My take on politics, culture, and current events.
Electricity and transportation.
I gotta disagree. My state has experimented with electricity deregulation. It's not a pure market system, but it has lowered costs. But that's not a good comparison for healthcare. Government may tell the electric company what it can charge, but you are the one who has to pay it -- so when they whine that they need more money, the govt usually lets them charge more. In healthcare, govt will be much more involved than just setting the prices, and since it will appear free to you, you will want more while govt will be the ones saying they can't afford it. I can't imagine what you mean by "transportation."
Are hammers a good comparison for health care?In any case, I was not talking about the recent past although California's experience with deregulation of electricity has been a real horror story for consumers. I am talking about rural electrification in the first half of the twentieth century. Electric utilities claimed that they could not provide electricity at a profit outside the cities, however, when pushed to do so by the government, they ended up making lots of money. With new markets for electricity came new markets for appliances and more electricity usage.By transportation, I am talking about the network of highways and railroads that never would have been built without government backing. The ability to move goods and people cheaply created economic opportunities for the whole country.Markets are wonderful things but our economy never would have reached the point it has without the government stepping in at key moments.
"Are hammers a good comparison for health care?"Given our govt's track record? Probably?"Electric utilities claimed that they could not provide electricity at a profit outside the cities, however, when pushed to do so by the government, they ended up making lots of money."Government stepped in and did what private entities didn't have the guts to do -- they invested where there was little expectation of profit, creating the possibility of profit.And this is like the current situation how? The insurance providers and healthcare providers are widely demonized for even wanting to make a profit. The systems that have been offered will all push private entities out of healthcare entirely.What we will end up with is almost everyone lumped into one program. Consumers to whom medical care will appear to be free, will use healthcare resources with abandon. The government will be forced to limit supply and payments. The former will result in rationing and NICE-like systems that put a dollar value on your health, life, and comfort. When you become too expensive, you're screwed. The latter will result in increasing financial burdens on healthcare providers. They will be under continual pressure to work with less staff, less equipment, and less exacting standards. See Great Britain with its record of secondary infections from hospital stays. With less money in the system, and no profit motive, there will be no reason for anyone to invest in medical research. Private sources will dry up, and government sources will be overstretched. In the end, the last source in the world for meaningful health care research will be gone. In a generation or two, perhaps China or India will take our place.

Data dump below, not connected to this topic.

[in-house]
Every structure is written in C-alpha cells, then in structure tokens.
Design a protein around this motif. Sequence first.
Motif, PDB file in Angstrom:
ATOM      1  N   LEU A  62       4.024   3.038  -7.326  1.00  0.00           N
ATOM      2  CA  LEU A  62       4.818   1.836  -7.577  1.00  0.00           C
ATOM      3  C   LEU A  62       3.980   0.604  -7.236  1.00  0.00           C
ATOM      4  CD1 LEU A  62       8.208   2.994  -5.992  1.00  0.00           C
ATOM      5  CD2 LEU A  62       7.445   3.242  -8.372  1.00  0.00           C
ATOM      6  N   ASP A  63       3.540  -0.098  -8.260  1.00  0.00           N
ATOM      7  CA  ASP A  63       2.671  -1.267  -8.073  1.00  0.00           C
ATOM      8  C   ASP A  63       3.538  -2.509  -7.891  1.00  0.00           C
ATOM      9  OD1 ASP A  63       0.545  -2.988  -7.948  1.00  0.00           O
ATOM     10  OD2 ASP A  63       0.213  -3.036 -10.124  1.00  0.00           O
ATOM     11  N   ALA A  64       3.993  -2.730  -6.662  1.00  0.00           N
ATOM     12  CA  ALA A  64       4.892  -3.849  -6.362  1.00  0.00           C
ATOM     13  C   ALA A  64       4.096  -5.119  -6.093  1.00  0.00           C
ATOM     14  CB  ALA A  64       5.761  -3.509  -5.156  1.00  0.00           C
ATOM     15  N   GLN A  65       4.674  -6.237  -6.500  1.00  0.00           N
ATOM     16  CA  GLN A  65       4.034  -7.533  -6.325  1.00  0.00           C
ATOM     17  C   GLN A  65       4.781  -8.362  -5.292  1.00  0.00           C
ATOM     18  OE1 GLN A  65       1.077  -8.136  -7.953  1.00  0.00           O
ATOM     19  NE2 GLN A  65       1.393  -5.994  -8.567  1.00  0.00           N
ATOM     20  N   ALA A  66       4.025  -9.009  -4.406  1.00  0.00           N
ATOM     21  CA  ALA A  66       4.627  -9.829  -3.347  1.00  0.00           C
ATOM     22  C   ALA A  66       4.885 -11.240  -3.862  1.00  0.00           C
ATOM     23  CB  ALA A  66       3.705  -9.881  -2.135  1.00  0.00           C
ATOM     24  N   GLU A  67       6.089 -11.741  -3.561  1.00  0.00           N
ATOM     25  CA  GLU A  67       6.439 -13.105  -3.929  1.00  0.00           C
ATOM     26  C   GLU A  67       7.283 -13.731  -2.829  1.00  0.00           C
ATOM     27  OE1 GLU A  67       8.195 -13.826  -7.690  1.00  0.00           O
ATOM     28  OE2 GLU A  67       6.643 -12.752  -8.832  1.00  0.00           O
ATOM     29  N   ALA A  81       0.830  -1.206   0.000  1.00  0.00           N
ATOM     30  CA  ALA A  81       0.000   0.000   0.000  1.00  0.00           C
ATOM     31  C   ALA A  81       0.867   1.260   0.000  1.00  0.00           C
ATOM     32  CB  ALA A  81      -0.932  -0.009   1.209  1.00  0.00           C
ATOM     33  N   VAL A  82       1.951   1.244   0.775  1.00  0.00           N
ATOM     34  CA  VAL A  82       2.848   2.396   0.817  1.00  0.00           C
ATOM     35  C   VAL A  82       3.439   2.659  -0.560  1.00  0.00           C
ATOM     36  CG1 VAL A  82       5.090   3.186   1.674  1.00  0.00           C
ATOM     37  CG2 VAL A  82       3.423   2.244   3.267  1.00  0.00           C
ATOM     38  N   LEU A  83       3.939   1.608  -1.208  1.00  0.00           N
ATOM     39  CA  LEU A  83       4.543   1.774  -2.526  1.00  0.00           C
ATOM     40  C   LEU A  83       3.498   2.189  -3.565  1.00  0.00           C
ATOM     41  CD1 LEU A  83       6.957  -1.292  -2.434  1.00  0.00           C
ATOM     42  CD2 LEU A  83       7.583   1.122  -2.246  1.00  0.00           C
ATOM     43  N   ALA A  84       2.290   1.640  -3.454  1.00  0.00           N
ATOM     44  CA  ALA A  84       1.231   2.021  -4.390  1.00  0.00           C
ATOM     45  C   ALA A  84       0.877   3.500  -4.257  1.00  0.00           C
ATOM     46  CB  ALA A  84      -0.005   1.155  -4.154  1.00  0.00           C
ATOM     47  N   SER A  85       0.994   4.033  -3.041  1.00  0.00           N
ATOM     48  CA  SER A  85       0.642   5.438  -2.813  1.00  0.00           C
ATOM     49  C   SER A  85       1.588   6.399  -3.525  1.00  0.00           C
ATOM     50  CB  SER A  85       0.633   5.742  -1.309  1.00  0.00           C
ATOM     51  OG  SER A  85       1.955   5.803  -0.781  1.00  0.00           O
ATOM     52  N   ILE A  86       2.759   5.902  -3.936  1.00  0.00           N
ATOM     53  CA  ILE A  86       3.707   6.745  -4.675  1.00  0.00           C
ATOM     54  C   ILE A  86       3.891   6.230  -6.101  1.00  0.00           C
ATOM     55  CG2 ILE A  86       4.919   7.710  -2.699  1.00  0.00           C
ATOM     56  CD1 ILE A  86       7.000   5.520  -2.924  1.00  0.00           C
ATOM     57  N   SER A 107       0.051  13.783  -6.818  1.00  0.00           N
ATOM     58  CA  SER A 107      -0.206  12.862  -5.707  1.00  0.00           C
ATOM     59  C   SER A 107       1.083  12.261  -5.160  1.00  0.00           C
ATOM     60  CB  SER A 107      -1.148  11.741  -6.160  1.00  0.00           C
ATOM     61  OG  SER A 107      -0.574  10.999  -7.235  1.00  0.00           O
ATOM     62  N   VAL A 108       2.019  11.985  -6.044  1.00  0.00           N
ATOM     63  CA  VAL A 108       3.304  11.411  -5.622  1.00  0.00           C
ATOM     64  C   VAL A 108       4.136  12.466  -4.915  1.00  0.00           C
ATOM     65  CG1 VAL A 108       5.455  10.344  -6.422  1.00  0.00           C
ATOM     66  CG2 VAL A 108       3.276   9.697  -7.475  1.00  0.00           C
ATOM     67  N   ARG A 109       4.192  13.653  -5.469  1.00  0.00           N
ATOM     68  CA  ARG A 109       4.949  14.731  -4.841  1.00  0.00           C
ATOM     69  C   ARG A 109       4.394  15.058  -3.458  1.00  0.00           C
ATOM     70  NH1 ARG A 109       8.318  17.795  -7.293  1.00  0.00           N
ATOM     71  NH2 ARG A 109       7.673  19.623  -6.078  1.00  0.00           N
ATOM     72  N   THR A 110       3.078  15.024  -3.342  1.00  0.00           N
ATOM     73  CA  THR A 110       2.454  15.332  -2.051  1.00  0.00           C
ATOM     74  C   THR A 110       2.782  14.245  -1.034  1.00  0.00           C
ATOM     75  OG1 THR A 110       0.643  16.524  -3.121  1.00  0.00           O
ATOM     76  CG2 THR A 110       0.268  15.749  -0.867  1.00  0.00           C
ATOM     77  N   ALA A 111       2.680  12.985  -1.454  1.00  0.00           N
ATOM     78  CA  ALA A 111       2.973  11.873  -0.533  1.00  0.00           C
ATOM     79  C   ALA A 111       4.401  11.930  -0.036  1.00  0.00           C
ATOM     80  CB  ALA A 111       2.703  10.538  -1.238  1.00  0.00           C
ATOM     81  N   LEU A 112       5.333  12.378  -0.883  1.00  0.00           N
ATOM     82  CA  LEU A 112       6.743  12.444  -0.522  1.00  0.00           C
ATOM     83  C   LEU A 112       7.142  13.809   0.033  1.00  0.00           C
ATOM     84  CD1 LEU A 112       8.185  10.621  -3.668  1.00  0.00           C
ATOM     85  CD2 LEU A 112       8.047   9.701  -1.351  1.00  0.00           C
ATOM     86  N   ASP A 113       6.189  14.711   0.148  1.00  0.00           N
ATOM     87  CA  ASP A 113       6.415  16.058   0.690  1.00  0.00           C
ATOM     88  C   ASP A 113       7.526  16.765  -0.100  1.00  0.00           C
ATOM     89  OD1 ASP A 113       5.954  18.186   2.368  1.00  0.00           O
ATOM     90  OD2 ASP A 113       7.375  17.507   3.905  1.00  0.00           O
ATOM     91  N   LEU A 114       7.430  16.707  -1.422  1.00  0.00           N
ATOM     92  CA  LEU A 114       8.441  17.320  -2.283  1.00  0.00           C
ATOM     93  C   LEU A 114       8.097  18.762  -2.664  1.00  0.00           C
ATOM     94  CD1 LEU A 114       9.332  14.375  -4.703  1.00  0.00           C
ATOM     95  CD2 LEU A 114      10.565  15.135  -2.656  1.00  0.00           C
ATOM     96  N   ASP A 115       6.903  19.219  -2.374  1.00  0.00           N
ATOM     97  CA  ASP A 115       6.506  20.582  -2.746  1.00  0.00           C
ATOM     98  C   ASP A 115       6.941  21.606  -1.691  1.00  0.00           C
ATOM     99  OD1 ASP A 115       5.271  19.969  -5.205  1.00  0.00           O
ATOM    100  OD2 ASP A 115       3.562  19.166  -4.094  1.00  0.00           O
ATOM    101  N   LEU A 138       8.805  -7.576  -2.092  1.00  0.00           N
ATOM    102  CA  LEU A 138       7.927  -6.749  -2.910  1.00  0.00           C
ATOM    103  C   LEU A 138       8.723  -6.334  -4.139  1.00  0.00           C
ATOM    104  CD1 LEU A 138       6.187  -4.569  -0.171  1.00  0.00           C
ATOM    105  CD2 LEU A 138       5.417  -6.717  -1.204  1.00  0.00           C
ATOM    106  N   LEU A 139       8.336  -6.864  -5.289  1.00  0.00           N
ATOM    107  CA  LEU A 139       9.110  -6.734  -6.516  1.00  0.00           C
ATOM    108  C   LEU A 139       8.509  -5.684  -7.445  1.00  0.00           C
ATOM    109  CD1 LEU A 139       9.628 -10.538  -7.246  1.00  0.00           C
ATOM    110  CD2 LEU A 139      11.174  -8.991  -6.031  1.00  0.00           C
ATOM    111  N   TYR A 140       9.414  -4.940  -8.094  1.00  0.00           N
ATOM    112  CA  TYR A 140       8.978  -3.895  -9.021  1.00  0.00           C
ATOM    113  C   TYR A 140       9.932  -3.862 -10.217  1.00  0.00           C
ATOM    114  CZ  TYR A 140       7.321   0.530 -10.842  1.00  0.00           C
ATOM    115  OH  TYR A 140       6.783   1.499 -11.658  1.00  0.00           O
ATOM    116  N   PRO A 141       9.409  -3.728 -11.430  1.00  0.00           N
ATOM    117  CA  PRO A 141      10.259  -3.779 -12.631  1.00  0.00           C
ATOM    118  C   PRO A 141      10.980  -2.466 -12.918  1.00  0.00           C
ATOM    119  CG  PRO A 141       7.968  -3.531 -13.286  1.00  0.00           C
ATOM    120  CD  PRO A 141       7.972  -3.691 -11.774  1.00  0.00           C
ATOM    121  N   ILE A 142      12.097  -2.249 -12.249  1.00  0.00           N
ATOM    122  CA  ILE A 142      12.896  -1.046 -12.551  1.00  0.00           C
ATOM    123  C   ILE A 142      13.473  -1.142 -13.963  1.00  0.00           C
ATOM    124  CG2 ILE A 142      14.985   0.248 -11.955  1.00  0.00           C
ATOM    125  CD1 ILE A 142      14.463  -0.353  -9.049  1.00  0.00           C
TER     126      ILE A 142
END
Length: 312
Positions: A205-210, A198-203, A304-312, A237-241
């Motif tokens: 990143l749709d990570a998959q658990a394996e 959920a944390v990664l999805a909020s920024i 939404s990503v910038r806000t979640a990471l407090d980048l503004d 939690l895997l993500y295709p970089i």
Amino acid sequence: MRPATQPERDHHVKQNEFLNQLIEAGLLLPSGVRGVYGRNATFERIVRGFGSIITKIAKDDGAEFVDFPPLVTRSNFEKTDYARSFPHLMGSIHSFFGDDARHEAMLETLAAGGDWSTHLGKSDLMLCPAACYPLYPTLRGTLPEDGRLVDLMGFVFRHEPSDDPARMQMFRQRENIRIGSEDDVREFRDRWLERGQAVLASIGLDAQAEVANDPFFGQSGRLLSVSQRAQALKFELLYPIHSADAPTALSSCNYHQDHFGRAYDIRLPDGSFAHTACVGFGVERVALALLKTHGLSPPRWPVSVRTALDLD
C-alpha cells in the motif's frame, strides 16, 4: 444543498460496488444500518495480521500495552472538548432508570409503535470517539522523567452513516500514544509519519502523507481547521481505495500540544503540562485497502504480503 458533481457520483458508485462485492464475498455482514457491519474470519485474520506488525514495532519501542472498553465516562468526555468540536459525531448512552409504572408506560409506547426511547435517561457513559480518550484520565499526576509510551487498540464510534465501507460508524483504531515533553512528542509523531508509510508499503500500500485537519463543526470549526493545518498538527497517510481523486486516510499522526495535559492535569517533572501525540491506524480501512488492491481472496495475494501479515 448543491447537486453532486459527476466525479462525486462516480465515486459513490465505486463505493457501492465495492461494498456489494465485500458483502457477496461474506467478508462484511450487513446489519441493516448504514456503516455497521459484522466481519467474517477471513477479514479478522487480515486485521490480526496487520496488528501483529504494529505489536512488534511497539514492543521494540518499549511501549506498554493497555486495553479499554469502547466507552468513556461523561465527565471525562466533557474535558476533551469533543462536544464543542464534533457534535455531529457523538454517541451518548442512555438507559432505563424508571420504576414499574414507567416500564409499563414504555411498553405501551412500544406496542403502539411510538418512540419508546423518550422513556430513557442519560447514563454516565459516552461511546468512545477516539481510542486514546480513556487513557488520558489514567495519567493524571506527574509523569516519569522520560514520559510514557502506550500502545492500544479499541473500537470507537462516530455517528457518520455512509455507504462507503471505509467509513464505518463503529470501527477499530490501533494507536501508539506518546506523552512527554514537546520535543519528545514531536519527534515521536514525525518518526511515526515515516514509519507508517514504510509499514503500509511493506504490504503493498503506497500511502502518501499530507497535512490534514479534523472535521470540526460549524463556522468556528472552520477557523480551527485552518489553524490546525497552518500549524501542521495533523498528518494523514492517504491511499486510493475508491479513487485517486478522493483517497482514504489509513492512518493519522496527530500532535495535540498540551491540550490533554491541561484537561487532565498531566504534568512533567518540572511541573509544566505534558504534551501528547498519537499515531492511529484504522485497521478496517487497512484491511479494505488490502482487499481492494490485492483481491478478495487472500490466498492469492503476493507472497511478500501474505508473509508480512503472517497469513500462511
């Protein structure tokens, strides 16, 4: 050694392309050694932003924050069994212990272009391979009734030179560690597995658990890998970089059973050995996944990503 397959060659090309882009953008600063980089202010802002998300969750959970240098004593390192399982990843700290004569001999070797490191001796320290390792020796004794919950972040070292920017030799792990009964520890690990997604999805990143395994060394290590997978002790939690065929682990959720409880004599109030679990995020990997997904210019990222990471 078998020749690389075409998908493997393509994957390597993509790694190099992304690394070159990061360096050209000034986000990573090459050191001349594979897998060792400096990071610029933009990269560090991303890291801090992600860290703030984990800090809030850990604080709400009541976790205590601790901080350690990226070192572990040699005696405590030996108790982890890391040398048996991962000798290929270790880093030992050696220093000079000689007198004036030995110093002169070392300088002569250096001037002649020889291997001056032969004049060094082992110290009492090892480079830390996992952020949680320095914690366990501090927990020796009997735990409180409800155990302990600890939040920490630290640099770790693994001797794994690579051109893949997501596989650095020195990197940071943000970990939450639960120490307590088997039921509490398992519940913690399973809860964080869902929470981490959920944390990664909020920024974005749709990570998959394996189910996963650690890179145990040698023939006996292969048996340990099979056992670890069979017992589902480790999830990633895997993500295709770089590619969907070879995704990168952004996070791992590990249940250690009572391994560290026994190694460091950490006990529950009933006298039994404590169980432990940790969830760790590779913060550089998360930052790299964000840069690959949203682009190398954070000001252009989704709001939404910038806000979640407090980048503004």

Your question wasn't when the government had lowered costs in a situation like health care but when it had ever lowered costs.I have no problem with people wanting to make a profit. I just recognize that the profit motive hasn't produced a viable healthcare system and is unlikely to do so.
"when it had ever lowered costs."And I'm not sure you gave such an example. As you point out, things progressed where they might not have without govt involvement, but it wasn't government but supply and demand that brougth prices down."I just recognize that the profit motive hasn't produced a viable healthcare system"Huh? For all its flaws, our system is still better than anyone else's.
On what measure is it better? We spend a higher percentage of GDP with worse coverage and worse results than countries with socialized medicine.
Please explain "worse coverage.""Worse results?" You mean like how the US has better cancer survival?
How about you explain what measure you are using to claim it's better and what countries you are comparing it to.
Shouldn't you ask the derSpiegel guy that?WebMDabout.comLancet via Economist
"There is no question that being uninsured is unfair and brutal, nor that the lack of universal health coverage is the most pressing problem of American domestic politics. The true disgrace of American health care is that infant mortality is higher than anywhere in Europe."
Shall I assume you're quoting one of the above articles?"The true disgrace of American health care is that infant mortality is higher than anywhere in Europe."I'm not sure that's entirely true, though if it is there are certainly plenty of explanations. But statistics can be reported differently. Specifically, iirc, the US includes babies born sick (very premature) in their stats where Europe doesn't. I'm not sure I'd agree with "unfair and brutal," but it's a horrible state (for those who don't choose it, of course). It's not what anyone wants. But everyone seems to want to pretend that the only option is a single payer system. You want to move from life's lottery to the governments? To the equal distribution of misery? Why support a system that has not worked anywhere? Find something else. Either try to find a compromise solution like my most recent piece, or try to find a new solution. The best answer will probably come from someone who takes off on a completely new direction, an approach no one has ever thought of before.Be that guy.
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